Evaluation of a card collection-based faecal immunochemical test in screening for colorectal cancer using a two-tier reflex approach.
ABSTRACT The guaiac faecal occult blood test (gFOBT) has been proved as a screening investigation for colorectal cancer, but has disadvantages. Newer faecal immunochemical tests (FITs) have many advantages, but yield higher positivity rates and are expensive. A two-tier reflex follow-up of gFOBT-positive individuals with a FIT before colonoscopy has been advocated as an efficient and effective approach.
A new simple and stable card collection FIT was evaluated.
1124 individuals who were gFOBT positive were asked to provide samples. 558 individuals participated, 320 refused and 246 did not return samples. No evidence of sampling bias was found. 302 individuals tested FIT negative and 256 tested positive. In the 302 FIT-negative individuals, 2 (0.7%) had cancer and 12 (4.0%) had large or multiple (high-risk) adenomatous polyps. In contrast, of 254 positive individuals, 47 (18.5%) had cancer and 54 (21.3%) had high-risk polyps. 93 (30.8%) of the FIT-negative individuals had a normal colonoscopy, but only 34 (13.4%) of the FIT-positive individuals had no pathology. Sensitivity, specificity, and positive and negative likelihood ratios (and 95% CIs) for cancer were 95.9% (84.8 to 99.3), 59.2% (54.7 to 63.5), 2.35 (2.08 to 2.65) and 0.07 (0.02 to 0.27), and for cancer and high-risk polyps were 87.8% (80.1 to 92.9), 65.3% (60.6 to 69.7), 2.53 (2.19 to 2.93) and 0.19 (0.11 to 0.31), respectively.
A two-tier reflex screening algorithm, in which gFOBT-positive participants are tested with a FIT, is effective in identifying individuals at high risk of significant colorectal neoplasia. This strategy is transferable across different FIT formats. This approach has been adopted for the Scottish Bowel Screening Programme.
Article: Quantitative fluorescence determination of long-fragment DNA in stool as a marker for the early detection of colorectal cancer.[show abstract] [hide abstract]
ABSTRACT: A variety of molecular markers have been evaluated for the development of a non-invasive approach to the diagnosis of colorectal cancer. We aimed to validate the diagnostic accuracy, using the same threshold as in the previous pilot study, of fluorescent long DNA test as a relatively simple and inexpensive tool for colorectal cancer detection. A case-control study was conducted on 100 healthy subjects and 100 patients at first diagnosis of colorectal cancer. Human long-fragment DNA in stool was quantified by fluorescence primers and a standard curve and expressed in DNA nanograms. We validated the 25-ng value, which emerged as the most accurate cut-off in the pilot study, obtaining 79% (95% CI, 71-87%) sensitivity and 89% (95% CI, 83-95%) specificity. Specificity was very high for all cut-off values (15-40 ng) analyzed, ranging from 78 to 96%. Sensitivity was only slightly lower, reaching 84% at the lowest cut-off and maintaining a good level at the higher values. Diagnostic potential was independent of gender, age and tumor site. Fecal DNA analysis is a non-invasive and fairly simple test showing high diagnostic potential. These characteristics, together with the small amount of stool required, make it potentially suitable to be used alongside or as an alternative to current non-invasive screening approaches. Our next step will be to validate these results in a large-scale cohort study of a screening population, which is needed prior to implementation into clinical practice.Cellular oncology: the official journal of the International Society for Cellular Oncology 02/2009; 31(1):11-7. · 4.17 Impact Factor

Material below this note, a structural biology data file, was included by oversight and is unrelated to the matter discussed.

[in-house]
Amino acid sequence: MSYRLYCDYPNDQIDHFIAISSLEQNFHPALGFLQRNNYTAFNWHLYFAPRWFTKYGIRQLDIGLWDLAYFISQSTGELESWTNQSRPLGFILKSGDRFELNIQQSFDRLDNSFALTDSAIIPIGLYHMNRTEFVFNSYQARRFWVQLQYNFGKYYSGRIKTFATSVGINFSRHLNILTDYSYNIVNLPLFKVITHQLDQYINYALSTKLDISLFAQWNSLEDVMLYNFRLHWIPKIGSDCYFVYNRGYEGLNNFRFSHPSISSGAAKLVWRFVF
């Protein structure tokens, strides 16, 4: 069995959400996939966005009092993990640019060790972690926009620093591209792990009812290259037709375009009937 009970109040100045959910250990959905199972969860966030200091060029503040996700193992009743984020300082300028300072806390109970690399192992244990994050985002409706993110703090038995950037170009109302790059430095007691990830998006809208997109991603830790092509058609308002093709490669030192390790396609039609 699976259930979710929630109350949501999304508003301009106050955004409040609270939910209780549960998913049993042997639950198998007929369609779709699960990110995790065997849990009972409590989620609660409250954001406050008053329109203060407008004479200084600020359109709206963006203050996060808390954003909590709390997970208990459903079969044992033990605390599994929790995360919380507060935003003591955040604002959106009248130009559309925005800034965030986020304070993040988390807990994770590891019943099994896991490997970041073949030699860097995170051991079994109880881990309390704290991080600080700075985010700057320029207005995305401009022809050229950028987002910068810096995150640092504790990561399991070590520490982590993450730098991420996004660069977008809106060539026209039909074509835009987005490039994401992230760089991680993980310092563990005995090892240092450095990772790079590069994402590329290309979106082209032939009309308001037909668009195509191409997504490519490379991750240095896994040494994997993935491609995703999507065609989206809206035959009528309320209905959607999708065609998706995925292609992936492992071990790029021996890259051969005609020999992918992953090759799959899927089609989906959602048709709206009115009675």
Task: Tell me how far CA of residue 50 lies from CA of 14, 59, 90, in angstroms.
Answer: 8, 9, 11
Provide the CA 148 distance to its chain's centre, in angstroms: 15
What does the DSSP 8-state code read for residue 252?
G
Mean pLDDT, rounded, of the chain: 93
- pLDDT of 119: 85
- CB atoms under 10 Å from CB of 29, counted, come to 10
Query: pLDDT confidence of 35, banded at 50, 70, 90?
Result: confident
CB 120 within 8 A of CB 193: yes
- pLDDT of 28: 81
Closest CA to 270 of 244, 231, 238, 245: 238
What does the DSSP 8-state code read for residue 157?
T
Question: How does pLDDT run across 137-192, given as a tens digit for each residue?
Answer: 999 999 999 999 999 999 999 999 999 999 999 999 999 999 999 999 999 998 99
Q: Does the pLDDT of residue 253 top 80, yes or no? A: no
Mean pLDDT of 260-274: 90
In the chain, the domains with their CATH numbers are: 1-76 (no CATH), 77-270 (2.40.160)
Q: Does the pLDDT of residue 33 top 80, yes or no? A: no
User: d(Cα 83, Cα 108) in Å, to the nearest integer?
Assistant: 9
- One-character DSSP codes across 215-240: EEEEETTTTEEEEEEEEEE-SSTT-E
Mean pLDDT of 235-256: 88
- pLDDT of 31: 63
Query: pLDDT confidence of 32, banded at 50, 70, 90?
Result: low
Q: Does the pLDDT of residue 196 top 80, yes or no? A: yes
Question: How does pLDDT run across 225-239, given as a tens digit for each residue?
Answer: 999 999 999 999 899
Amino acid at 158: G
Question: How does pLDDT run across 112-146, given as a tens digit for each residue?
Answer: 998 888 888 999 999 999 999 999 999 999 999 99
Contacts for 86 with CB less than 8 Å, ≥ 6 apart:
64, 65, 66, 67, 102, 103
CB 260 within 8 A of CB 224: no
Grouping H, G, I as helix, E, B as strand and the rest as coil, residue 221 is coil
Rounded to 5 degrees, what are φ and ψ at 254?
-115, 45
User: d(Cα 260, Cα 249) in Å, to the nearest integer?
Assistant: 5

Article: Screening for colorectal cancer.[show abstract] [hide abstract]
ABSTRACT: Although there are several methods available for colon cancer screening, none is optimal. This article reviews methods for screening, including fecal occult blood tests, flexible sigmoidoscopy, colonoscopy, CT colonography, capsule endoscopy, and double contrast barium enema. A simple, inexpensive, noninvasive, and relatively sensitive screening test is needed to identify people at risk for developing advanced adenomas or colorectal cancer who would benefit from colonoscopy. It is hoped that new markers will be identified that perform better. Until then we fortunately have a variety of screening strategies that do work.Gastroenterology Clinics of North America 04/2008; 37(1):97-115, vii. · 2.62 Impact Factor